Over the past several years, the big focus in the financial advice industry has been around the various iterations of a fiduciary standard. From the DoL fiduciary rule, to the SEC’s Regulation Best Interest, to efforts by individual states to pass legislation, there has been plenty of debate over the best (and most practical) way to ensure that all financial advisors do what’s in the best interest of their clients. However, lost in all the sturm und drang over these regulatory and legislative undertakings is the question: Do we even really need a fiduciary rule in the first place?
After all, compliance with existing regulations is expensive and time consuming enough as it is, and a higher fiduciary standard may only amplify that. And even if you try to legislate morality within the professions, won’t there be those who figure out a way to break the rules, anyway? Not to mention that acting in a client’s best interest is arguably just “good business” anyway?
In our 20th episode of Kitces & Carl, Michael Kitces and financial advisor communication expert Carl Richards discuss why a fiduciary rule is necessary even though acting in your client’s best interests is already “good business” in the long run, how real financial advisors are at a competitive disadvantage against those who really are just out to make the next buck as quickly as possible, and how advisors have a duty to spread the word about what it means to be a fiduciary.
As a starting point, it’s important to recognize that serving clients well isn’t just about being able to look at yourself in the mirror… it is also, in a very real sense, in your own best interest as a business owner… at least if you want your clients (and the friends and family that they might refer to you) to keep paying for your services for several decades to come. In other words, an advisor can either build a sustainable business based on trust, or a business that’s dependent on finding the next person to fool in the short term with a quick sale before moving on to the next.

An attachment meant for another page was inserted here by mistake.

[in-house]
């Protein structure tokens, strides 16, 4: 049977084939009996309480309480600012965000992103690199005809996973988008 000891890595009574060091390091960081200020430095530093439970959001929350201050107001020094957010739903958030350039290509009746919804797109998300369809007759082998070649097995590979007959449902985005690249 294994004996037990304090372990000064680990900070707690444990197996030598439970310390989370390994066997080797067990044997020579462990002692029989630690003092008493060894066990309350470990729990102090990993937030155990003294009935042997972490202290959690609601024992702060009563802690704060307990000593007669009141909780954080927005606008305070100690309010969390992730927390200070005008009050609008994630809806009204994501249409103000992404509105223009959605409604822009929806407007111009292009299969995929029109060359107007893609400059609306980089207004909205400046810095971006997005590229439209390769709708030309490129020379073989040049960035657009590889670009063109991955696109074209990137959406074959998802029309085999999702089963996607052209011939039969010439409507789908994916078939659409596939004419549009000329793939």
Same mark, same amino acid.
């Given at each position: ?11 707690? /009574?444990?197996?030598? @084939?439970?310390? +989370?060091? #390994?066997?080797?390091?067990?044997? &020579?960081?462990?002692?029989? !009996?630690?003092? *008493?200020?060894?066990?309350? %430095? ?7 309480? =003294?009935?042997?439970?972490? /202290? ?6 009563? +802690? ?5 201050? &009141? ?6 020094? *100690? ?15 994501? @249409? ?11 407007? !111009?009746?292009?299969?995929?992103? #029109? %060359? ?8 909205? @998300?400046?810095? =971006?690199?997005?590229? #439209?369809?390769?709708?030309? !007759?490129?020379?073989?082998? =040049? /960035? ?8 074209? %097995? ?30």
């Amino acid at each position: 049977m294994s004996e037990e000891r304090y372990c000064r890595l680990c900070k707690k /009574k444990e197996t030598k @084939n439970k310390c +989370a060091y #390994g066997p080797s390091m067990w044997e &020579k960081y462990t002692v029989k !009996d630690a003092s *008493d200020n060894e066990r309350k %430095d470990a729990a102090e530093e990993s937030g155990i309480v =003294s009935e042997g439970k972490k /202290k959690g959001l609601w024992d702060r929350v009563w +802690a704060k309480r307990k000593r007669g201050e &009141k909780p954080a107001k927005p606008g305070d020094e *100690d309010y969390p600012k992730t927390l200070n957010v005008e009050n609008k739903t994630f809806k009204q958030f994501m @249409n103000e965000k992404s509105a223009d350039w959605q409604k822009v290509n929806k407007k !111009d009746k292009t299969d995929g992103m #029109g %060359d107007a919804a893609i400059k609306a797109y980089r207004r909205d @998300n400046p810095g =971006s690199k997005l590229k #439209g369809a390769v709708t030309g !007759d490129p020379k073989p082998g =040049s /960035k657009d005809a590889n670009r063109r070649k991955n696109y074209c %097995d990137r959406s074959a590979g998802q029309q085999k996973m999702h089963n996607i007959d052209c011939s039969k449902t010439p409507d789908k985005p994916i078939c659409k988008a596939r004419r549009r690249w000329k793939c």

However, the reality is that all real financial advisors have had the experience of meeting with a prospective client who has been on the receiving end of an unscrupulous “advisor” who has already extracted as much as they legally could from that client and moved on. And the unfortunate fact is that it’s often more profitable (and maybe even easier) to scare someone into buying a high-commission “can’t-lose” product than it is to convince them to pay an ongoing fee for an admittedly intangible service.
And that’s really the crux of why a blanket fiduciary rule is necessary. Even in today’s environment where consumers are better educated and it’s much easier for someone to ‘do their due diligence’, the bar is still so low that, not only can anyone call themselves an “advisor”, but they can still extract nearly 10% of the wealth of every person they meet by selling a low-quality high-cost product, with little worry about any legal recourse… since the bar to prove their sale was “unsuitable” is so low and easily cleared.
Ultimately, the key point is to understand that, while real financial advisors remain at a competitive disadvantage to salespeople who can legally take a large chunk of someone’s net worth by selling them flawed and expensive products as quickly as possible and moving on to the next, there is at least an ongoing effort by regulatory bodies and state legislative bodies to make it more difficult for that sort of maleficence to occur in the first place. But it’s not just up to the regulators to change the industry (and the public’s perception of it). Responsibility for affecting change also falls on the shoulders of real financial advisors, who (as part of their sacred duty to help the clients manage, grow, and protect their life’s savings) have to help foster awareness both within and outside of the industry around what it means to truly be an advisor.
***Editor's Note: Can't get enough of Kitces & Carl? Neither can we, which is why we've released it as a podcast as well! Check it out on all the usual podcast platforms, including Apple Podcasts (iTunes), Spotify, and Stitcher.